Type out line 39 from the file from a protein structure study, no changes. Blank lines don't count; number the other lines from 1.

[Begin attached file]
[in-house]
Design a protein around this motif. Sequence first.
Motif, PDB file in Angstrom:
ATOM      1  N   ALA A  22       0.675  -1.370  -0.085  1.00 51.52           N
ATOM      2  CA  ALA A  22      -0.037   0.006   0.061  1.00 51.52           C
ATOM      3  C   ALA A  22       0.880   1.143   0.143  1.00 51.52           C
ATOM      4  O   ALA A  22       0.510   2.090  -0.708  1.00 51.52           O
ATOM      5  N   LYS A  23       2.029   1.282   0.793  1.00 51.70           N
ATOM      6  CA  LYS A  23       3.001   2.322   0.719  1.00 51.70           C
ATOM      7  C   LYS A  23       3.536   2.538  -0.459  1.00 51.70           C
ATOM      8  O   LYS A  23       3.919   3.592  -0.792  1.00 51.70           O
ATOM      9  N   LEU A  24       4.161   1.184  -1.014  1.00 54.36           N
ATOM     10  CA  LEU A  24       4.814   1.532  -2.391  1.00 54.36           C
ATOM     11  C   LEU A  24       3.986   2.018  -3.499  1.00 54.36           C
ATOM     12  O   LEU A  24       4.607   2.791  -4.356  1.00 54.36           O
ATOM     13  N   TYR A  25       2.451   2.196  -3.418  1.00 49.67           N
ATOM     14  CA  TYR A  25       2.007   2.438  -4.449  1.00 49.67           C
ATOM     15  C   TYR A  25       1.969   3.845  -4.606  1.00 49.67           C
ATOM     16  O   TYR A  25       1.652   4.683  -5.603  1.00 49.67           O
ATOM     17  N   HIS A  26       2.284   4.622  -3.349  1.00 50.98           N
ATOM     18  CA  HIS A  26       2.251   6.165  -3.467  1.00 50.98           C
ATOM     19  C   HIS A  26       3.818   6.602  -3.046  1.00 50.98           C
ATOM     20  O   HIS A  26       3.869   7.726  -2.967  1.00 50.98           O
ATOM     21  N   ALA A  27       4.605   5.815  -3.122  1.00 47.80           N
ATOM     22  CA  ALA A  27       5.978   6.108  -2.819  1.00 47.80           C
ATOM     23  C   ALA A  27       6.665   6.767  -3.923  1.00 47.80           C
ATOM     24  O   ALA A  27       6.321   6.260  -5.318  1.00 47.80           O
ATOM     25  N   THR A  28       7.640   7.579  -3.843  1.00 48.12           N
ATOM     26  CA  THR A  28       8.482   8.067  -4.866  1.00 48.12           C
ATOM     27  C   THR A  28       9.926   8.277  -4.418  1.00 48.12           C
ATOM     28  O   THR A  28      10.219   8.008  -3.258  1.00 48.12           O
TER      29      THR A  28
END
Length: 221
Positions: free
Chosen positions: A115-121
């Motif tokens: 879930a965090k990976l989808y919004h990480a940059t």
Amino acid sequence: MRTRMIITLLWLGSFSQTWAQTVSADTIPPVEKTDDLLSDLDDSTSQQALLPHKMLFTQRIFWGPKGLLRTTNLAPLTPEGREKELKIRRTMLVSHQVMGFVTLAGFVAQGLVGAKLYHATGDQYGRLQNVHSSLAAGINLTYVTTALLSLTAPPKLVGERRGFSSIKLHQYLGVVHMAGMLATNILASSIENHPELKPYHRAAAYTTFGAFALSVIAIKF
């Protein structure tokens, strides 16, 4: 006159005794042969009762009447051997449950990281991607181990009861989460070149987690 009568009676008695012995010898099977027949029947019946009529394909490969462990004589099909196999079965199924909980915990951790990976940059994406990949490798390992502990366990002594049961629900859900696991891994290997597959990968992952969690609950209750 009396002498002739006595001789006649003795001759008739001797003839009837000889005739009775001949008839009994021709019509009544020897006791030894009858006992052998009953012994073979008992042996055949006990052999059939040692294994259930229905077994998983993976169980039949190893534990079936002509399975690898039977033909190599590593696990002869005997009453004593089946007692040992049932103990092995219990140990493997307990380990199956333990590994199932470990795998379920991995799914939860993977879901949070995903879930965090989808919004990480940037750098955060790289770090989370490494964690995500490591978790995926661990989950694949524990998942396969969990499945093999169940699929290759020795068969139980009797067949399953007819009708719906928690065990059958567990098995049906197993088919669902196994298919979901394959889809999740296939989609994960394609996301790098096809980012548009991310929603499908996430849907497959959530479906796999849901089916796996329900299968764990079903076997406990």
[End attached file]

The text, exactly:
């Protein structure tokens, strides 16, 4: 006159005794042969009762009447051997449950990281991607181990009861989460070149987690 009568009676008695012995010898099977027949029947019946009529394909490969462990004589099909196999079965199924909980915990951790990976940059994406990949490798390992502990366990002594049961629900859900696991891994290997597959990968992952969690609950209750 009396002498002739006595001789006649003795001759008739001797003839009837000889005739009775001949008839009994021709019509009544020897006791030894009858006992052998009953012994073979008992042996055949006990052999059939040692294994259930229905077994998983993976169980039949190893534990079936002509399975690898039977033909190599590593696990002869005997009453004593089946007692040992049932103990092995219990140990493997307990380990199956333990590994199932470990795998379920991995799914939860993977879901949070995903879930965090989808919004990480940037750098955060790289770090989370490494964690995500490591978790995926661990989950694949524990998942396969969990499945093999169940699929290759020795068969139980009797067949399953007819009708719906928690065990059958567990098995049906197993088919669902196994298919979901394959889809999740296939989609994960394609996301790098096809980012548009991310929603499908996430849907497959959530479906796999849901089916796996329900299968764990079903076997406990």